NORTH KOREAN state media has warned the United States should be “sincere” and restrain from acting in a way which could ruin the cooperative atmosphere ahead of a proposed summit between the two countries.
“The US should know that it will be better off to restrain from words and acts that could undermine the rarely created atmosphere for talks,” Rodong Sinmun the ruling Workers’ Party’s official newspaper said in a commentary as quoted by South Korea’s Yonhap news agency.
“Also, it should make efforts to show sincere and genuine attitudes conforming to the current situations,” it said.
It also warned that the US risked its own security if it continued to pursue a “hostile policy” against Pyongyang.
The comments came as US Secretary of State Mike Pompeo arrived in Pyongyang on Wednesday to lay the groundwork for President Donald Trump’s unprecedented meeting with North Korean leader Kim Jong Un, planned for May or June.
His visit comes as rumours fly over three US citizens being held in the North, with suggestions they may have been moved in preparation for a release. It is Pompeo’s second visit to North Korea in less than six weeks.
Trump earlier said the two countries had agreed on a date and location for the summit, although he stopped short of providing details.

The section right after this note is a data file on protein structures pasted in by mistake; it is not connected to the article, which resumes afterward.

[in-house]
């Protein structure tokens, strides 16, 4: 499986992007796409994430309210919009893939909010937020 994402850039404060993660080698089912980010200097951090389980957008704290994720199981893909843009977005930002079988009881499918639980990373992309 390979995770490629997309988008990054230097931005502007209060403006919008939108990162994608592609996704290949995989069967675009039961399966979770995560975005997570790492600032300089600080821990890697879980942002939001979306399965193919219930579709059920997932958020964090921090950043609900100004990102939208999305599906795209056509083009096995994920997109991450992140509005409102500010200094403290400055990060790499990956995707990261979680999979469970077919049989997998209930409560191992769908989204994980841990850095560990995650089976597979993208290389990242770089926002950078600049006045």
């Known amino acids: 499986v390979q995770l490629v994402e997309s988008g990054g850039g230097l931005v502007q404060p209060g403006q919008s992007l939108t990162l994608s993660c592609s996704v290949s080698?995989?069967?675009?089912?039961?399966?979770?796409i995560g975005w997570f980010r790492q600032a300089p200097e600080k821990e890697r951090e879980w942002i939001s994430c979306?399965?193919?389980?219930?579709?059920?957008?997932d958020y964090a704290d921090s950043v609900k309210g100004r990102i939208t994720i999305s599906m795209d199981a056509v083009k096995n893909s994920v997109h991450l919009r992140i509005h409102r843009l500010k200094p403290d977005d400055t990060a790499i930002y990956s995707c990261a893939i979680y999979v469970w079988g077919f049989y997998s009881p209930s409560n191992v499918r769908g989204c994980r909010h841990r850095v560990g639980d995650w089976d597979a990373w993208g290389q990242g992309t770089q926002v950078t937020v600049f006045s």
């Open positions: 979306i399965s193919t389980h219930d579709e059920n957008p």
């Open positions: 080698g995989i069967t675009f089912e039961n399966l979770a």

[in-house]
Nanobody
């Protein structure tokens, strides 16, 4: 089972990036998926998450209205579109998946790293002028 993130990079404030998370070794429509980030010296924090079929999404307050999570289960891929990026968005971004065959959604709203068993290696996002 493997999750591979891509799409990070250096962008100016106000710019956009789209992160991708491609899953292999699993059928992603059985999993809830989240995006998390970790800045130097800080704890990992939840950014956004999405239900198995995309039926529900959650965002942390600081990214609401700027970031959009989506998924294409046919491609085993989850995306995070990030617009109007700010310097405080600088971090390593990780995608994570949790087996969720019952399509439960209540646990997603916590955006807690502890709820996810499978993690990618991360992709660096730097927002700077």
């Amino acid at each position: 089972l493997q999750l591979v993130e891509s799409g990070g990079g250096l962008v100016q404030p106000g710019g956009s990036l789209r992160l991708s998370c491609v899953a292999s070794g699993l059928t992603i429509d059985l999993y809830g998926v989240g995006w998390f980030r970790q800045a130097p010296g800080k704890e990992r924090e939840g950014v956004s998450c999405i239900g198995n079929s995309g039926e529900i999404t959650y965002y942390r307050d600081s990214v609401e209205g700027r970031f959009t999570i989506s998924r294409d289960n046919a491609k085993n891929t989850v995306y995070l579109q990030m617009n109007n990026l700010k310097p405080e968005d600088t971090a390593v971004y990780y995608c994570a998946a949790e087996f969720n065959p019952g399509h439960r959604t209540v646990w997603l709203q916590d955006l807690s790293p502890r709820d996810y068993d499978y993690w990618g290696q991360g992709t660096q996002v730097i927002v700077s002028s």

“We think relationships are building with North Korea,” Trump said in a televised address from the White House. “We will see how it all works out. Maybe it won’t. But it can be a great thing for North Korea, South Korea and the entire world.”
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An official at South Korea’s presidential Blue House said Pompeo was expected to finalise the date of the summit and secure the release of the three American detainees.
Simultaneously, the leaders of China, Japan and South Korea met in Tokyo on Wednesday in a powerful gesture of solidarity against the backdrop of historic diplomatic moves by North Korea and a push for the isolated country to give up its nuclear weapons.
On Tuesday, Kim met Chinese President Xi Jinping in China – also the second time in six weeks – highlighting efforts by the Cold War-era allies to mend frayed ties, and with Beijing keen to avoid being left out in the cold.
Additional reporting from AFP and Reuters.